I volunteered to participate in “The Twelve Days of Justice” because I believe Judge Samuel Alito is a right-wing nut job.  It is my opinion that he will fundamentally alter the way that we now view the U.S. Constitution so that my children will grow up in a world that I will not recognize.  Nothing I have read over the course of the first eight days has changed my mind.  If anything, I am more frightened at the prospect of a Roberts-Scalia-Thomas-Alito block controlling the court.  Here are the diaries for days one through eight:
Day one:  The Coming Alito Attack on the Legislative Branch by tampopo.
Day two:  Alito Hates Old People and Those with Families by AP.
Day three:  Alito Is Ethically Challenged by Steven D.
Day four:  Alito Hates the Disabled by susanhu.
Day five:  Say Bye-Bye to the Right to Choose by Connecticut Man 1.
Day six:  Church and State Are Like Two Peas in a Pod by Alice.
Day seven:  Alito’s a Threat to the Establishment Clause by Alice.
Day eight:  Alito Hates Girls by Teacher Toni.

If you haven’t been on board up until now, that’s okay.  You can easily go back through the list and catch up with the rest of us.  We want to flood their offices with our letters in opposition to Alito before they get started on the hearings.

Feel free to share this around the blogosphere.  My contribution can be cut and pasted from the blockquote below.  Try mailing it, e-mailing it, faxing it, or calling up and reading it to some poor staffer.  Here are the contact links:

Your Senators
The Judiciary Committee
Your Representatives
Via Web FAX

Thanks to tampopo for organizing this and to everyone at the Booman Tribune for working so hard to try to defeat this nominee and preserve justice.

Dear Senator,

The United States Supreme Court has struggled through the decades to live up to the promise that America is a land where “all men are created equal.”  From an early history that treated African-Americans as property and later allowed for legal segregation, the Court has evolved through the Civil Rights era to support equality for all races in the eyes of the law.  We have still not met the full promise of our founding fathers, but the Court has made substantial progress.

In examining the judicial record and personal history of Supreme Court nominee Samuel Alito, I am concerned that he has expressed opinions which would set back much of the progress that has been made by the Court in assuring the equality that should be our highest ideal.  My concerns are shared by the 42 House members of the Congressional Black Caucus:

“The Congressional Black Caucus, which includes 42 House members… will announce Thursday its opposition to Alito….  ‘The members of the CBC are concerned about Judge Alito’s opinions, many in dissent, in race cases where his decisions have disproportionately affected African-Americans,’ said Rep. Mel Watt, D-N.C., the caucus chairman. ‘We are troubled by what appears to be a very conservative judicial philosophy that seems greatly at odds with much of 20th century constitutional jurisprudence,’ Watt said.” – Associated Press, December 7, 2005.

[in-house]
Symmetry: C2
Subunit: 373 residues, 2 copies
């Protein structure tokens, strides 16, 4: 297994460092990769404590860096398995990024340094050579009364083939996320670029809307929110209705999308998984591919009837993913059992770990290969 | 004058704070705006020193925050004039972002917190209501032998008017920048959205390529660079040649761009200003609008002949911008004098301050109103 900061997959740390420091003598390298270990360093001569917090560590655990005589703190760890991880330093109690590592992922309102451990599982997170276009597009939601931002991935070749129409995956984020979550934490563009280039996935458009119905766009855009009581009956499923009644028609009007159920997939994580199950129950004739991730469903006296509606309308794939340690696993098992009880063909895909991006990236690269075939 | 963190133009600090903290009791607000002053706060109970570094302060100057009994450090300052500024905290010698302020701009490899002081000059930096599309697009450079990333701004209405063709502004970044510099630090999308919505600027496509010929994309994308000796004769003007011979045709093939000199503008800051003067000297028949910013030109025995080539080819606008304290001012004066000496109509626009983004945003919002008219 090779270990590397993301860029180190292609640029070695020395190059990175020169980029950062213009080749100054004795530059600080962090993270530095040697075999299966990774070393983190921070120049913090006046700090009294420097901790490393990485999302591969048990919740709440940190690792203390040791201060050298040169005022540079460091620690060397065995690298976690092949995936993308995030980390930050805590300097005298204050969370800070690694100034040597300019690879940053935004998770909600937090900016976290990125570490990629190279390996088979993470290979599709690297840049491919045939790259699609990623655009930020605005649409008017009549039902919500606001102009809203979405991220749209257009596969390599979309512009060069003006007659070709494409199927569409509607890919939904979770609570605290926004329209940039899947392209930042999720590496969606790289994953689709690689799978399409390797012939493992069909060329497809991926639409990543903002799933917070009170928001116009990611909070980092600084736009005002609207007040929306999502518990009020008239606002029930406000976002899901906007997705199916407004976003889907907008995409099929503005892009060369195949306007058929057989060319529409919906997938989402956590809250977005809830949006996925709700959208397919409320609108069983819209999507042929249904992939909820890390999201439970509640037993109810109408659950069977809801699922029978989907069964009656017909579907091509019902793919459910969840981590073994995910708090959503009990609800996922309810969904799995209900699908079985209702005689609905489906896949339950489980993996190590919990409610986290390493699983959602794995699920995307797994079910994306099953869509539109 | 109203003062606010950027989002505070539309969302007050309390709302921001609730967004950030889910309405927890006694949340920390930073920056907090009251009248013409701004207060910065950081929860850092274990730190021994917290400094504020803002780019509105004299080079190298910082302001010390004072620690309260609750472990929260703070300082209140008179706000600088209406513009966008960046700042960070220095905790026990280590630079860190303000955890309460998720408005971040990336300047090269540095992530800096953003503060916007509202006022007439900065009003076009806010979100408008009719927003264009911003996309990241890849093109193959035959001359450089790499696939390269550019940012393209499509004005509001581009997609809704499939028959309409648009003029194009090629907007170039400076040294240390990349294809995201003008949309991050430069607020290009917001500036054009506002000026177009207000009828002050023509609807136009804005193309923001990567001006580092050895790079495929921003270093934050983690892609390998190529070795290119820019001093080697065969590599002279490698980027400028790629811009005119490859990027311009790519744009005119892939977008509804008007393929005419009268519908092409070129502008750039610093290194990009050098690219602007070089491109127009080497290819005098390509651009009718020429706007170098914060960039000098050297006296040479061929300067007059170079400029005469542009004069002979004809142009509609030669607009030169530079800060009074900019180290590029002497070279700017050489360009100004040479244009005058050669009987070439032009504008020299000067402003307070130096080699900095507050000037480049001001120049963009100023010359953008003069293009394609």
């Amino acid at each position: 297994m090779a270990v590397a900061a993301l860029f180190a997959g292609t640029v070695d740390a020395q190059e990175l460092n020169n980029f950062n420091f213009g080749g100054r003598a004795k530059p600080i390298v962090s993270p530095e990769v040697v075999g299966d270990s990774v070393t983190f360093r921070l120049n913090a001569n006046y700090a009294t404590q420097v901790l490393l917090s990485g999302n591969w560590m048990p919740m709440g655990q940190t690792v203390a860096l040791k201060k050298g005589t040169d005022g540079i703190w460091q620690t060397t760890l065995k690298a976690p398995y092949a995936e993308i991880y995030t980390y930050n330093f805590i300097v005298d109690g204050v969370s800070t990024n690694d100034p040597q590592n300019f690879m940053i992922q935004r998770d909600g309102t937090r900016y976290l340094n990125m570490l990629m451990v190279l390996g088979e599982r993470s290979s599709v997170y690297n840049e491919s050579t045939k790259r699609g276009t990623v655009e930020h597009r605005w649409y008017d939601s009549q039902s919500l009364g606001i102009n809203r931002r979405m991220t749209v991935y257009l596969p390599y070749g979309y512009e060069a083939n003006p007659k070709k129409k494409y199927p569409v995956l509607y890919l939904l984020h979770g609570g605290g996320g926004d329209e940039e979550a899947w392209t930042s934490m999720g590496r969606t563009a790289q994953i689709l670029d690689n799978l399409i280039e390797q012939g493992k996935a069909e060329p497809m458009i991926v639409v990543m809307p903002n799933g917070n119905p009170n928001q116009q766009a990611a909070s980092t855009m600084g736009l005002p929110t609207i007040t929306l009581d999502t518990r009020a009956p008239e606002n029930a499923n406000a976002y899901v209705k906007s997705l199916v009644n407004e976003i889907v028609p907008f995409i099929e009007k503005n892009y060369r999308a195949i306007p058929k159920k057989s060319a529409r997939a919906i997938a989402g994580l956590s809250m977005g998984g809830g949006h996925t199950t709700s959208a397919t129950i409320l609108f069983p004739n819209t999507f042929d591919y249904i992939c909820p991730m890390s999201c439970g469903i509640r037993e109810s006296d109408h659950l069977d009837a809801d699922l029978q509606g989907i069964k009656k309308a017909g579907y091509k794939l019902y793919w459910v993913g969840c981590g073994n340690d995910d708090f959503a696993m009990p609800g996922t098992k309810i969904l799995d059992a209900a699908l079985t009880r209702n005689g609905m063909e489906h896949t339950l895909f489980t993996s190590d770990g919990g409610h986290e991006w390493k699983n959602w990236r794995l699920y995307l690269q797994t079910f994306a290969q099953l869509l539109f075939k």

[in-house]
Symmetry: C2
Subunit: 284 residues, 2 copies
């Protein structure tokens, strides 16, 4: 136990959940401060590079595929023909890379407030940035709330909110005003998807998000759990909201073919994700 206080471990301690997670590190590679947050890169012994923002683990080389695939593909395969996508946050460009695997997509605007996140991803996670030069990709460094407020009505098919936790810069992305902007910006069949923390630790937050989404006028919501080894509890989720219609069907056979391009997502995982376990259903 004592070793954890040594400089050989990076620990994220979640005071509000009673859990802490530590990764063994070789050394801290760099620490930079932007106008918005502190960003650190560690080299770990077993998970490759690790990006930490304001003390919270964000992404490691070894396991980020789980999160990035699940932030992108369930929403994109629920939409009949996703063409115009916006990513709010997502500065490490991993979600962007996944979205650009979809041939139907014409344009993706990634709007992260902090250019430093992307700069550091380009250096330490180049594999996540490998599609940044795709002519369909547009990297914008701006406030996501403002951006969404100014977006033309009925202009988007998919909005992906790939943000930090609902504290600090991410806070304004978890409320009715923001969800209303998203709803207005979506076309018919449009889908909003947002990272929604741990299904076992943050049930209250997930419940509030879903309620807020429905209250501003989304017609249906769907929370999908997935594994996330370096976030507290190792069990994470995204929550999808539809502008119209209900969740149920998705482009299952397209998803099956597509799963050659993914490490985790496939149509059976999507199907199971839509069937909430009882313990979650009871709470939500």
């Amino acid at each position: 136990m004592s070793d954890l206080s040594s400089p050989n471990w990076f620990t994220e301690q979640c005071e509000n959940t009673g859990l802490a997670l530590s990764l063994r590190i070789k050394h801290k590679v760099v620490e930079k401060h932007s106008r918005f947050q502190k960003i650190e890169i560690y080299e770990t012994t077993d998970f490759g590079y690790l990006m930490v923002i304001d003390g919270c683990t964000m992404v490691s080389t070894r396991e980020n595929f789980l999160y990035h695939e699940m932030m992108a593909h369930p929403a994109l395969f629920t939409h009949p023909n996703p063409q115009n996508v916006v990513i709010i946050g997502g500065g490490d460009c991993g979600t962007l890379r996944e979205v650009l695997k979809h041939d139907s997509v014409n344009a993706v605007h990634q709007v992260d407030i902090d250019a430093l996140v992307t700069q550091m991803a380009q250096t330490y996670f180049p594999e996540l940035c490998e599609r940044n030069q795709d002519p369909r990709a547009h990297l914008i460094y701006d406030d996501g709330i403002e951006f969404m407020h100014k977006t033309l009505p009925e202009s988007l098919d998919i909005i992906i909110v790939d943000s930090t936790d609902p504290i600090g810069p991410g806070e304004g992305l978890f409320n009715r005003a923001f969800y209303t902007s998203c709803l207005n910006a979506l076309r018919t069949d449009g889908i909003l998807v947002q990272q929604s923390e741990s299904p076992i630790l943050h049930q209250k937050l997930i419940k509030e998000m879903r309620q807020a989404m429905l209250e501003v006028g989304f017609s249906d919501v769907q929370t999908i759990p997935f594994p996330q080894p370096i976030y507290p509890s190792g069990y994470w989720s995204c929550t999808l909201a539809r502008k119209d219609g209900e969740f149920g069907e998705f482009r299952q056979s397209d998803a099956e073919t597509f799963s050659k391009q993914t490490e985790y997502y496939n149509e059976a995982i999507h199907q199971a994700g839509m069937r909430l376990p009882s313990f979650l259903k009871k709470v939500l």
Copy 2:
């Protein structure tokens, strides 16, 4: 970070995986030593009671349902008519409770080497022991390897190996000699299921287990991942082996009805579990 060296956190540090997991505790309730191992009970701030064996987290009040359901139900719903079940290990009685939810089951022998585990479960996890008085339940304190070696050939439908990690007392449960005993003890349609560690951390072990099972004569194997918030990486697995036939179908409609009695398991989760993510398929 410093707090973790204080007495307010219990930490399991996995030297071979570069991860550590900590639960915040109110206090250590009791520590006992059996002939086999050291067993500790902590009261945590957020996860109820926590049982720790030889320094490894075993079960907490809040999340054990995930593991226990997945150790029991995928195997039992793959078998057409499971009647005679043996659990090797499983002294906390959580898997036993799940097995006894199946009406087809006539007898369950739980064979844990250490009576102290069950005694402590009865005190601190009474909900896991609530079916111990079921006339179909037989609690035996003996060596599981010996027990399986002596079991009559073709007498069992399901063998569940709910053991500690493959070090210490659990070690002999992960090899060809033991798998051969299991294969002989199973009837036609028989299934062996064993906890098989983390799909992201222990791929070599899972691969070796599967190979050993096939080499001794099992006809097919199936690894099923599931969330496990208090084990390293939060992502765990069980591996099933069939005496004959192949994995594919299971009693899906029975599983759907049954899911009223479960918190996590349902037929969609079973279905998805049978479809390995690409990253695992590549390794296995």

The CBC’s concerns are supported by the record.  In his dissent in Bray v. Marriott Hotels (1997), Alito’s logic actually allows lawful, race based discrimination.  The majority decision in the case noted that Alito would have protected racist practices by  “immuniz[ing] an employer from the reach of Title VII if the employer’s belief that it had selected the `best’ candidate was the result of conscious racial bias.”

Alito has been similarly hostile to the rights of immigrants.  In opinions ruling against immigrants, Alito “guts the statutory standard” and “ignores our precedent” according the majority opinion in DIA v. Ashcroft (2003), and he contradicts “well-recognized rules of statutory construction” according to the majority opinion in Ki Se Lee v. Ashcroft (2004).

These troubling legal opinions are compounded by revelations about Alito’s personal background in the Daily Princetonian (Alito ’72 Joined Conservative Alumni Group – November 18, 2005):

“[I]n a 1985 job application, Supreme Court nominee Samuel Alito ’72  wrote that he is ‘particularly proud’ of his work on cases arguing that ‘racial and ethnic quotas should not be allowed…. ‘  Now, opponents to his nomination are using another piece of information from those documents to suggest he is far outside the mainstream in his political and social views: Near the end of his ‘Personal Qualifications Statement’ for a high-level job in Ronald Reagan’s Justice Department, Alito wrote that he was ‘a member of the Concerned Alumni of Princeton University, a conservative alumni group….’  But Marsha Levy-Warren ’73, who was a member of the University’s first coeducational class and student government vice president, remembers things differently…. [S]he said the group ‘stated explicitly that they were not in favor of coeducation and that they weren’t in favor of affirmative action. Implicitly, they were opposed to any form of diversity on campus.’ “

Our Supreme Court has evolved historically toward the original promise that  “all men are created equal.”  Nominee Alito is a step in the wrong direction.  Vote no on his confirmation and force President Bush to send a nominee to the court who will ensure equal rights to American citizens without regard to their race.


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